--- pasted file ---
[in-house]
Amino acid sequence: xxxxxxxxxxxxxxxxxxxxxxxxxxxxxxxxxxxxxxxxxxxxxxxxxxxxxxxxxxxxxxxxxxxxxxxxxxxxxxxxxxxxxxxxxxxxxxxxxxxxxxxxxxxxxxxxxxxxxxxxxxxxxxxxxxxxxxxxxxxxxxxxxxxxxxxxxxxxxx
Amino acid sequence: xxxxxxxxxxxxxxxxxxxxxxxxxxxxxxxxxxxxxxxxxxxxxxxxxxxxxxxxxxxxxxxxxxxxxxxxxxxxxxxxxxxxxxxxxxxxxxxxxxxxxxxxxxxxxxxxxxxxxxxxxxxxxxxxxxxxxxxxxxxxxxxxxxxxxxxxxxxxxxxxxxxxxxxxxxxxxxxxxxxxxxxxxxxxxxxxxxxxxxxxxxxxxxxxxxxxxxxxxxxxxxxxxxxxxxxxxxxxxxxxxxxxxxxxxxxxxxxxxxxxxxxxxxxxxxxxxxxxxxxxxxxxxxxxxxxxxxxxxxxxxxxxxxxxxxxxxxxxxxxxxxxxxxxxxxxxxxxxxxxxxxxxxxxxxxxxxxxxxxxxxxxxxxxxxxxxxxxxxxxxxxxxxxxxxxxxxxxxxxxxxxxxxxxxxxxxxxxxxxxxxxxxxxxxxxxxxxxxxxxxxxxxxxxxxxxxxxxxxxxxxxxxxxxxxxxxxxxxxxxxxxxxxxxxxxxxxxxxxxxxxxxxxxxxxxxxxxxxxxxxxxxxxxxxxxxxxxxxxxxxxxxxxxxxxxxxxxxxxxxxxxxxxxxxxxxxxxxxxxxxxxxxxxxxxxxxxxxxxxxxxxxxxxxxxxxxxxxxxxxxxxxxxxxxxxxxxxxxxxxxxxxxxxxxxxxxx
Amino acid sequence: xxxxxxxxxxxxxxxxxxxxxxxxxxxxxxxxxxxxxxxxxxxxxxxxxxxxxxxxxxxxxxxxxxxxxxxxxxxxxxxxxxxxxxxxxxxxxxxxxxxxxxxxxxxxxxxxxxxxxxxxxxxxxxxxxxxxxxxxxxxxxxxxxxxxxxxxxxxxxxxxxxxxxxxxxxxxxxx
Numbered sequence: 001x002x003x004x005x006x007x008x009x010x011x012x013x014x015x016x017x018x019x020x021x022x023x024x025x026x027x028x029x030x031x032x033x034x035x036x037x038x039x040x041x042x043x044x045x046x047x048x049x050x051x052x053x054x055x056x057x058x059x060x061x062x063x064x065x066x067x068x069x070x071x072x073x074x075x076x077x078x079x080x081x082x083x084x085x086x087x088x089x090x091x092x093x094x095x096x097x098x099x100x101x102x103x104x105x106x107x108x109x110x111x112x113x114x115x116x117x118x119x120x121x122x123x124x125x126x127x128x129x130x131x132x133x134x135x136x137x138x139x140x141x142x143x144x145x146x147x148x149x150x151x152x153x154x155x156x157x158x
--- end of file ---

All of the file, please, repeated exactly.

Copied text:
[in-house]
Amino acid sequence: xxxxxxxxxxxxxxxxxxxxxxxxxxxxxxxxxxxxxxxxxxxxxxxxxxxxxxxxxxxxxxxxxxxxxxxxxxxxxxxxxxxxxxxxxxxxxxxxxxxxxxxxxxxxxxxxxxxxxxxxxxxxxxxxxxxxxxxxxxxxxxxxxxxxxxxxxxxxxx
Amino acid sequence: xxxxxxxxxxxxxxxxxxxxxxxxxxxxxxxxxxxxxxxxxxxxxxxxxxxxxxxxxxxxxxxxxxxxxxxxxxxxxxxxxxxxxxxxxxxxxxxxxxxxxxxxxxxxxxxxxxxxxxxxxxxxxxxxxxxxxxxxxxxxxxxxxxxxxxxxxxxxxxxxxxxxxxxxxxxxxxxxxxxxxxxxxxxxxxxxxxxxxxxxxxxxxxxxxxxxxxxxxxxxxxxxxxxxxxxxxxxxxxxxxxxxxxxxxxxxxxxxxxxxxxxxxxxxxxxxxxxxxxxxxxxxxxxxxxxxxxxxxxxxxxxxxxxxxxxxxxxxxxxxxxxxxxxxxxxxxxxxxxxxxxxxxxxxxxxxxxxxxxxxxxxxxxxxxxxxxxxxxxxxxxxxxxxxxxxxxxxxxxxxxxxxxxxxxxxxxxxxxxxxxxxxxxxxxxxxxxxxxxxxxxxxxxxxxxxxxxxxxxxxxxxxxxxxxxxxxxxxxxxxxxxxxxxxxxxxxxxxxxxxxxxxxxxxxxxxxxxxxxxxxxxxxxxxxxxxxxxxxxxxxxxxxxxxxxxxxxxxxxxxxxxxxxxxxxxxxxxxxxxxxxxxxxxxxxxxxxxxxxxxxxxxxxxxxxxxxxxxxxxxxxxxxxxxxxxxxxxxxxxxxxxxxxxxxxxxx
Amino acid sequence: xxxxxxxxxxxxxxxxxxxxxxxxxxxxxxxxxxxxxxxxxxxxxxxxxxxxxxxxxxxxxxxxxxxxxxxxxxxxxxxxxxxxxxxxxxxxxxxxxxxxxxxxxxxxxxxxxxxxxxxxxxxxxxxxxxxxxxxxxxxxxxxxxxxxxxxxxxxxxxxxxxxxxxxxxxxxxxx
Numbered sequence: 001x002x003x004x005x006x007x008x009x010x011x012x013x014x015x016x017x018x019x020x021x022x023x024x025x026x027x028x029x030x031x032x033x034x035x036x037x038x039x040x041x042x043x044x045x046x047x048x049x050x051x052x053x054x055x056x057x058x059x060x061x062x063x064x065x066x067x068x069x070x071x072x073x074x075x076x077x078x079x080x081x082x083x084x085x086x087x088x089x090x091x092x093x094x095x096x097x098x099x100x101x102x103x104x105x106x107x108x109x110x111x112x113x114x115x116x117x118x119x120x121x122x123x124x125x126x127x128x129x130x131x132x133x134x135x136x137x138x139x140x141x142x143x144x145x146x147x148x149x150x151x152x153x154x155x156x157x158x